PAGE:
It’s not often that the USGA get the players’ seal of approval after a US Open, but for the second year in succession, the cream of the golfing world had no complaints about how Mike Davis and co. set up the national open.
After they “lost the golf course” according to Zach Johnson at Shinnecock Hills in 2018, talk of a player boycott surfaced should Pebble Beach suffer a similar fate last year, but Gary Woodland’s -13 winning score-line got the green light from the players, if not from TV viewers who look forward to the carnage of a typical US Open.
Amazingly, this year they got both.
The setup at Winged Foot drew next to no complaints from the field, despite the plethora of early-week videos of lush, thick rough, insanely fast greens and players predicting that things could get out of control. Perhaps it was the realisation that they were fortunate enough to be playing one of the best courses in the United States for a $12.5 million purse at a time when millions remain unable to work, but that would require a “big picture” viewpoint that few of the game’s elite possess.
And if you were sitting on your couch craving car-crash television, then Patrick Reed’s Saturday, Rory McIlroy’s Friday and Hideki Matsuyama’s Sunday implosions should be all you need, not to mention Danny Lee’s six-putt from three feet and Phil Mickelson’s one from 14 for fairways hit in the opening round.
We also got a truly incredible performance by one of the game’s most polarising players as Bryson DeChambeau chalked up his first major in style.
But I’m a sucker for tradition. With no [American] Father’s Day finale, and having said some nice words – well, kind of – about the USGA earlier in this piece, there is still one major gripe with golf’s governing bodies.
In early February, when most people thought COVID-19 was the name of Louis Walsh’s latest boy band, the USGA and the R&A released a detailed report on their findings from the Distance Insights Project. In case you haven’t read all 25 pages of it, allow me to concisely sum up the findings. At the top of the game, players are hitting the ball way too long, great golf courses are becoming obsolete, and it can’t go on. That’s it in a nutshell.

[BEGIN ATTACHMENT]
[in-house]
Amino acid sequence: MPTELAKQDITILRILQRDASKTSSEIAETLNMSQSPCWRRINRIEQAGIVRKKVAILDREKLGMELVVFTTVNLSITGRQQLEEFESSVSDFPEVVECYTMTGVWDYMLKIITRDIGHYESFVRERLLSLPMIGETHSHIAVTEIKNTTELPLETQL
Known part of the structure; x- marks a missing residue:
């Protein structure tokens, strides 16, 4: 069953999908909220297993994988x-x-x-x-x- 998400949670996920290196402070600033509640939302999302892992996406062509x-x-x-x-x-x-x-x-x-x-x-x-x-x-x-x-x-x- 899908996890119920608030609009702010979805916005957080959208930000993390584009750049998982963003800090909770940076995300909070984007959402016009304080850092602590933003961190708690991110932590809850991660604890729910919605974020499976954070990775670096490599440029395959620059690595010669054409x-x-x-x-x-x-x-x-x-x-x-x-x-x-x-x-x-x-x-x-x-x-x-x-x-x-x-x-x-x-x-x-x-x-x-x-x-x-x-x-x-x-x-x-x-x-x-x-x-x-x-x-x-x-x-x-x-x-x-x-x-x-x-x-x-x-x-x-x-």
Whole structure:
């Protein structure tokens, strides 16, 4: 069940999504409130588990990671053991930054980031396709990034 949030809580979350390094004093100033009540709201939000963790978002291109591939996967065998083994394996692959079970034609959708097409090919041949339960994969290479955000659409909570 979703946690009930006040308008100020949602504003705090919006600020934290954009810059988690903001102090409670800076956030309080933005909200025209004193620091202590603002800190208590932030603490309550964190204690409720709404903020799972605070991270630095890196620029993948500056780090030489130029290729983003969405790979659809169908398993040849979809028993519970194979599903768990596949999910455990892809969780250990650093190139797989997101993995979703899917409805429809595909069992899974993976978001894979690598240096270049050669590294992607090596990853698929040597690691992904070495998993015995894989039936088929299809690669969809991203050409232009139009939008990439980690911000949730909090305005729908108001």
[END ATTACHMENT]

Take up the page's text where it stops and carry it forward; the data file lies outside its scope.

Now, so blatantly obvious were the findings that even the most casual of viewers was already well aware pre-publishing of the report findings, but still, the admission and acknowledgement was seen as a big step in the right direction. We were promised “specific topics of further research” within 45 days of the initial report and even the most sceptical of us had our interest piqued.
And then came the pandemic.
With global sport and economies closing down, people were first encouraged and then directed to stay at home and work from home if at all possible.
I don’t know about you, but with no actual golf to act as a distraction, that sounds like an ideal opportunity to conduct some research, or at the very least, identify “specific topics of further research.” If my ageing family members could quickly learn what Zoom was and how to use it, please don’t try telling us that the relevant parties within the USGA and R&A aren’t capable of doing the same thing, but no, the ruling bodies decided to postpone their announcements to a more appropriate time.
Well, what could be more appropriate than the biggest hitter in the game winning by six-strokes on a golf course that was supposed to punish missed fairways? Again, this is no criticism of Bryson or the way he’s opted to play the game of late. Padraig Harrington once said that if golf was played on an airport runway, he’d be there and he’d be thinking of ways to gain an advantage on the field, and what Bryson has done is little different. If the goalposts are moved, he’ll devise another approach, but the longer those making the rules sit on their hands, the more numb those hands become.
Next year’s USGA showpiece is at the 7,707 yard Torrey Pines and we can already discount anybody averaging less than 320 yards off the tee.
And maybe, just maybe, we’ll have our “specific topics of further research” by then.
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